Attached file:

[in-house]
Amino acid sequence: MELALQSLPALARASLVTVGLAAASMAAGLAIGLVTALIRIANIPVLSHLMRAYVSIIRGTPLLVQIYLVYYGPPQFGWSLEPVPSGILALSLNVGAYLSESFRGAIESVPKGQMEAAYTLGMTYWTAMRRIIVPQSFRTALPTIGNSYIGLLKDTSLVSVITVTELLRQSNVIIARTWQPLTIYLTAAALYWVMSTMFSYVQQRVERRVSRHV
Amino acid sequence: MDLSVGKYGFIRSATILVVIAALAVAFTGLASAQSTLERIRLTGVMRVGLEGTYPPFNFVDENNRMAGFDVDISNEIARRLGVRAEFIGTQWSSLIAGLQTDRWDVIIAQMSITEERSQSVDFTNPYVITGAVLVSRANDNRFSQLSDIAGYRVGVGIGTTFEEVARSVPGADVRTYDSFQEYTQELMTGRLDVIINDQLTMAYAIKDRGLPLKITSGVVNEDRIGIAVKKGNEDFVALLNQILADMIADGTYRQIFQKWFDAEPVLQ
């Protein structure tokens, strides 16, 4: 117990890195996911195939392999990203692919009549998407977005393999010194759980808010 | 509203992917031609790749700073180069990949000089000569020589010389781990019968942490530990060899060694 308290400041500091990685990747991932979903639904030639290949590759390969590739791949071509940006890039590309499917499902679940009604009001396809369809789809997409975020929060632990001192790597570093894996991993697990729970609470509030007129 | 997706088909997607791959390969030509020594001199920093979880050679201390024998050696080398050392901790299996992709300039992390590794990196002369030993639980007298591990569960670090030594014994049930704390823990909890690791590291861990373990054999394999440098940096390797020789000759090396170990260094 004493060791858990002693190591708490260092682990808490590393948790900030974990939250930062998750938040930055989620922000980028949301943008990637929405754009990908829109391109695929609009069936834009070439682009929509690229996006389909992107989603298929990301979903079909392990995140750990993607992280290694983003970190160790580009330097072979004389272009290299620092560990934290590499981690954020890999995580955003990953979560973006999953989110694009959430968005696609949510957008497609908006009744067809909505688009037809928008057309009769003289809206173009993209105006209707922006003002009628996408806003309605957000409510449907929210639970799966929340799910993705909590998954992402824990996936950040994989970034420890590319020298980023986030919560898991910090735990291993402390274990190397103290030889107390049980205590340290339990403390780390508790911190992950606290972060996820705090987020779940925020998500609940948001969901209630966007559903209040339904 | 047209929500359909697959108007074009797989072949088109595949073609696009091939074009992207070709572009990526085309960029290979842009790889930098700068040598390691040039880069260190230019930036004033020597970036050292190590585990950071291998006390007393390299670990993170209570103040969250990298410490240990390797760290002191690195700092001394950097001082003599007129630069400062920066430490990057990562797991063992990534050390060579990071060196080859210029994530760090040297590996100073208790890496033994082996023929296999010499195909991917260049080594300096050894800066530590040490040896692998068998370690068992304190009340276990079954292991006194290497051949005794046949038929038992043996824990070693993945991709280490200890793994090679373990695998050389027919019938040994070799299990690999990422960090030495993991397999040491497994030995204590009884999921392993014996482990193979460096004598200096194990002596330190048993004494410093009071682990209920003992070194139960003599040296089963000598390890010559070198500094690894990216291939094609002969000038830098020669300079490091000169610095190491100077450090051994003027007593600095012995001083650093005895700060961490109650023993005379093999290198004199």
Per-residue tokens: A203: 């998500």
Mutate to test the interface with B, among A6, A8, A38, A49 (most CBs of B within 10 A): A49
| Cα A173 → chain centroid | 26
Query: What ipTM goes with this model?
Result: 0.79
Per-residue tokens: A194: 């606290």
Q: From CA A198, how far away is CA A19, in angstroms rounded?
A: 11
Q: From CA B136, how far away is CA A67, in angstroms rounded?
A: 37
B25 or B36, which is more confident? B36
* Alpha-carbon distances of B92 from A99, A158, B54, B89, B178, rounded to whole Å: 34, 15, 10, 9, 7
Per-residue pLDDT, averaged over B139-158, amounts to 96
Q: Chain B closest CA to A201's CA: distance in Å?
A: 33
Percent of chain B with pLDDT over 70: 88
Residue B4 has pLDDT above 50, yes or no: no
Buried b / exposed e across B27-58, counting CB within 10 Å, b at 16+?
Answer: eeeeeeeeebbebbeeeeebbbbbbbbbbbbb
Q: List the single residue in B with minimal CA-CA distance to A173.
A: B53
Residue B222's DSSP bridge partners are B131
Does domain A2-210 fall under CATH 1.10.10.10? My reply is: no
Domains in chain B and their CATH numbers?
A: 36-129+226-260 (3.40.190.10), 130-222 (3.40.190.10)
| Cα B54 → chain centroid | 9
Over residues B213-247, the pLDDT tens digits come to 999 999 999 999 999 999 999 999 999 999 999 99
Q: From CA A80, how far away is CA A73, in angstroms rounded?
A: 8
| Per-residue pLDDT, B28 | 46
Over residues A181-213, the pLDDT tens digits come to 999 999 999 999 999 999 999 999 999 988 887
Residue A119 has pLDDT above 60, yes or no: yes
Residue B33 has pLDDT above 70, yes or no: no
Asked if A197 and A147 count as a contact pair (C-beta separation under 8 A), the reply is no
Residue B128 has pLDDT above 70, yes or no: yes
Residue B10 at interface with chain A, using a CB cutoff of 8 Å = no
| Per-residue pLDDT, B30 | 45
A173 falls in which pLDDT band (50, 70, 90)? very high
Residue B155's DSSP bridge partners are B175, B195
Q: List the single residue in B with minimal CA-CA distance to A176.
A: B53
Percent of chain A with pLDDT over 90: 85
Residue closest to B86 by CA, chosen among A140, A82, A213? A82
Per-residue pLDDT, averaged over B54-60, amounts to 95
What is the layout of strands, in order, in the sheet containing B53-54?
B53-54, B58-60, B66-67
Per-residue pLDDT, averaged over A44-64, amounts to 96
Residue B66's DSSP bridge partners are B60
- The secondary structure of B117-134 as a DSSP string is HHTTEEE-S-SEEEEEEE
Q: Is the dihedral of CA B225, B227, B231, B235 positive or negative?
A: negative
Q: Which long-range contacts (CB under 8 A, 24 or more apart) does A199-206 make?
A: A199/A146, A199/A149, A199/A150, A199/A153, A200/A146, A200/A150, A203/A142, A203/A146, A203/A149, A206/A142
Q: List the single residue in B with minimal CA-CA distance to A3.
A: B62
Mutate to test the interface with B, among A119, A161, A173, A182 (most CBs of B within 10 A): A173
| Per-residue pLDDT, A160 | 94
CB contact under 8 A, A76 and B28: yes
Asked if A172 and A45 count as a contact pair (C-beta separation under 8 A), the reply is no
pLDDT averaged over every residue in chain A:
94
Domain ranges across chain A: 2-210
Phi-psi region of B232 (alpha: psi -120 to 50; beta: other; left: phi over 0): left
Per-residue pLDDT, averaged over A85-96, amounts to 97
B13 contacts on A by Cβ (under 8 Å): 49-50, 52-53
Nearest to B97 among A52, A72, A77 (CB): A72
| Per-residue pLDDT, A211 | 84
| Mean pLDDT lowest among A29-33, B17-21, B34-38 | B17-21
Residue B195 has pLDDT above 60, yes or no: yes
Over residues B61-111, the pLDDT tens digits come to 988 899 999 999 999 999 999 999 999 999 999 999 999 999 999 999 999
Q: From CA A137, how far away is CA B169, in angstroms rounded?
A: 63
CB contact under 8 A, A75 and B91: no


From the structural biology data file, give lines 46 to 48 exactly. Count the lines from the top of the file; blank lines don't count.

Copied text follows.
Percent of chain A with pLDDT over 90: 85
Residue closest to B86 by CA, chosen among A140, A82, A213? A82
Per-residue pLDDT, averaged over B54-60, amounts to 95